With all the fanfare and hype surrounding the Federal Reserve raising interest rates this year, the first such move in nearly a decade, it is not surprising that financial services stocks and the corresponding exchange-traded funds have been decent performers.
For example, Select Sector Financial Slct Str SPDR Fd (NYSE:XLF), the largest financial services ETF by assets, is higher by 1.7 percent year-to-date. That does not sound like much, but it is better than the less than 1 percent gain being sported by the S&P 500. While the big-name financial services ETFs have been solid though not spectacular, more concentrated industry funds have shined.
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The PowerShares KBW Property & Casualty Insurance Portfolio (PowerShares Exchange-Traded Fund Trust II (NYSE:KBWP)) is a perfect example of that trend, as the oft-overlooked insurance fund has surged nearly 15 percent this year, making it 2015's best-performing financial services ETF.
Related Link: Finding Dividend Growth With Financial Services ETFs
A Closer Look At KBWP
With rising interest rates commanding so much attention this year, it is not surprising that an insurance fund would rank among the best financial services ETFs. As is the case with regional bank stocks, insurance names are positively correlated to rising interest rates.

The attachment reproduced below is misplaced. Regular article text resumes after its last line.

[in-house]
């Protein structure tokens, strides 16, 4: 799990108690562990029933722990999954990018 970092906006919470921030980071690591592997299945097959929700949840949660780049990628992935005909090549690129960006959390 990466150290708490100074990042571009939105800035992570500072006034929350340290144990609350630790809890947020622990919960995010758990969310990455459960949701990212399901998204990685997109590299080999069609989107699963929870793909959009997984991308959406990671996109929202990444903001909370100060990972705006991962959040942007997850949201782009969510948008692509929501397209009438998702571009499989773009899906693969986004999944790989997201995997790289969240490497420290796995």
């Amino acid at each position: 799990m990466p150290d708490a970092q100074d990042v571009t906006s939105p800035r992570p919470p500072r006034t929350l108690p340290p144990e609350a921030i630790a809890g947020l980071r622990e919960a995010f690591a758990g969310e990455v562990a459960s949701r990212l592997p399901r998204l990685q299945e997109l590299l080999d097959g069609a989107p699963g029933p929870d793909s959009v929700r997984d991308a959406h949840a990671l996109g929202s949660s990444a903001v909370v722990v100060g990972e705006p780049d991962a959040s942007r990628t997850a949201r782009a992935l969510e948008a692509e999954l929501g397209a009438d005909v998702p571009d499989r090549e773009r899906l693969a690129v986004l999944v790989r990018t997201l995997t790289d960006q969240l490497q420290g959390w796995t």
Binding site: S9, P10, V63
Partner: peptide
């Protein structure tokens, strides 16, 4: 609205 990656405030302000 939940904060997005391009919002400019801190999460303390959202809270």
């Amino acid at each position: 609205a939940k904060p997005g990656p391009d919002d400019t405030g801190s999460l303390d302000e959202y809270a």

Insurance ETFs deserve some credit for being positively correlated to rising Treasury yields. Simply put, steeper yield curves are advantageous for insurance providers.
The $96.6 million KBWP, which is just over five years old, is home to 24 stocks with weights ranging from 1.57 percent to 8.29 percent. KBWP follows the capitalization-weighted KBW Nasdaq Property & Casualty Index, which is rebalanced and reconstituted quarterly.
Well-known names in KBWP include Progressive Corp (NYSE:PGR), ACE Limited (NYSE:ACE), Allstate Corp (NYSE:ALL) and Dow component Travelers Companies Inc (NYSE:TRV).
Insurance ETFs And The Strong Dollar
Another driver behind insurance ETFs' rising rates is the influence of the dollar's strength. The stronger greenback affects an array of sectors and industry groups, but not insurance companies because U.S.-based insurance providers write the bulk of their policies here in the United States.
Insurance ETFs, such as KBWP, can be used a complements to traditional financial services ETFs, because those funds are not heavy on insurance providers. For example, XLF allocates just over 16 percent of its weight to insurance stocks.
Disclosure: Todd Shriber owns shares of XLF.
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